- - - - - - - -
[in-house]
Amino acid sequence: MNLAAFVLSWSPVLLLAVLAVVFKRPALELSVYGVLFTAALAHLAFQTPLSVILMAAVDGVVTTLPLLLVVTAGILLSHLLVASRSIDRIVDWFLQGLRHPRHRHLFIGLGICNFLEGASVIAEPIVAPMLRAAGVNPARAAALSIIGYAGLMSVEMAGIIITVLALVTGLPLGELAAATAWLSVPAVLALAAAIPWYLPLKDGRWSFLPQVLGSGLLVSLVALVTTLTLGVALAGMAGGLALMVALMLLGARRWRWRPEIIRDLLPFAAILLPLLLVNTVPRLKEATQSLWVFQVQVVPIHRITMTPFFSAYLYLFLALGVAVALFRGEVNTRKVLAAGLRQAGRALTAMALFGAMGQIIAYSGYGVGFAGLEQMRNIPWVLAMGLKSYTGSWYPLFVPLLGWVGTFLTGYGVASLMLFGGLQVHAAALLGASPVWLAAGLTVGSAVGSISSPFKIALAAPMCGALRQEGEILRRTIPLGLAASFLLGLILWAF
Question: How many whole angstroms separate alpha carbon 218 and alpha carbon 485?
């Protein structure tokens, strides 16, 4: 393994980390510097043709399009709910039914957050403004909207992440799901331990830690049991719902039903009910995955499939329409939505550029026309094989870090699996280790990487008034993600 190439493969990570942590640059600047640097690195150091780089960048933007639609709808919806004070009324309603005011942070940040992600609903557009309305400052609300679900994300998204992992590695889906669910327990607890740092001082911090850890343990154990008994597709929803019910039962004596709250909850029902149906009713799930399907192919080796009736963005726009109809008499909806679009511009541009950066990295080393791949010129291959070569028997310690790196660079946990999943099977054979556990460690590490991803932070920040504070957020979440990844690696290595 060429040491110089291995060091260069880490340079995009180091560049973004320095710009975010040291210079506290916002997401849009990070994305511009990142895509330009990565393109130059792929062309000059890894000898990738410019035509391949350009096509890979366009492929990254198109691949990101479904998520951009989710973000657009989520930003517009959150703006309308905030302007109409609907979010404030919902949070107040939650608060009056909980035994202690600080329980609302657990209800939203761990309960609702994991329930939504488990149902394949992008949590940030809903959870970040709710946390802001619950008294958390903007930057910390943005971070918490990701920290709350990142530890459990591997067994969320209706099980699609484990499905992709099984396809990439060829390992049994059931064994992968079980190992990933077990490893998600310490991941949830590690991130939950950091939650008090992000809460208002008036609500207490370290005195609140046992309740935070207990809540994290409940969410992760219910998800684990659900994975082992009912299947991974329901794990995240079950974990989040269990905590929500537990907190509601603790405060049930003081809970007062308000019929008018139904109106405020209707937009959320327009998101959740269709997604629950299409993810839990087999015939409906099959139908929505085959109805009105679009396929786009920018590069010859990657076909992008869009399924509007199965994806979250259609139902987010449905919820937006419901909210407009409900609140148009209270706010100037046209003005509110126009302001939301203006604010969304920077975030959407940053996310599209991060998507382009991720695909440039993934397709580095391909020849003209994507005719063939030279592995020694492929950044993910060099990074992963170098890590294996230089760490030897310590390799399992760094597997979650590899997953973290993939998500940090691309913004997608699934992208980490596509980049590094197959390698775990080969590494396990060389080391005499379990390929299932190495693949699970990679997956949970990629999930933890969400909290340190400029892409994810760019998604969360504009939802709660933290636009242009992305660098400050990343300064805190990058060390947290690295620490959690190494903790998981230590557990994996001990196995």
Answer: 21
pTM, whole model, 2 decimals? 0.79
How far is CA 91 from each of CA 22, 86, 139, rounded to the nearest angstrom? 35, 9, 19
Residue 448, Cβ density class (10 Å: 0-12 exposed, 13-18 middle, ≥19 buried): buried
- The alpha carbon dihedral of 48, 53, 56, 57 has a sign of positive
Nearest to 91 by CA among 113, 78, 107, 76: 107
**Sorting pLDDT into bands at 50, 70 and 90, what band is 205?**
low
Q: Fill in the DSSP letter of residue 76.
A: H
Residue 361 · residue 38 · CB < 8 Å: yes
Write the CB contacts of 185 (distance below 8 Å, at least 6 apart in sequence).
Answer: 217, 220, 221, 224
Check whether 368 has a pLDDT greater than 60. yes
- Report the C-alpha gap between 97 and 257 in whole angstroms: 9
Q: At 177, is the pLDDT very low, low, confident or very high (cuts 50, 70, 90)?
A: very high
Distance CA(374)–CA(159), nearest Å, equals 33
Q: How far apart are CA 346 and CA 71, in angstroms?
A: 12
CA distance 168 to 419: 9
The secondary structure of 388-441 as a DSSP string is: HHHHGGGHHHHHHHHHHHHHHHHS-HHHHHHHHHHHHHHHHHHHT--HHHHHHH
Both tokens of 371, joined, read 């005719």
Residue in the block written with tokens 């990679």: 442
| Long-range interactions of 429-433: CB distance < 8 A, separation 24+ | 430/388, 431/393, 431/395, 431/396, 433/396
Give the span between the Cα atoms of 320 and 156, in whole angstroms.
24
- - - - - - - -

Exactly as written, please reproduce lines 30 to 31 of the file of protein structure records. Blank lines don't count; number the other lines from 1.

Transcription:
Give the span between the Cα atoms of 320 and 156, in whole angstroms.
24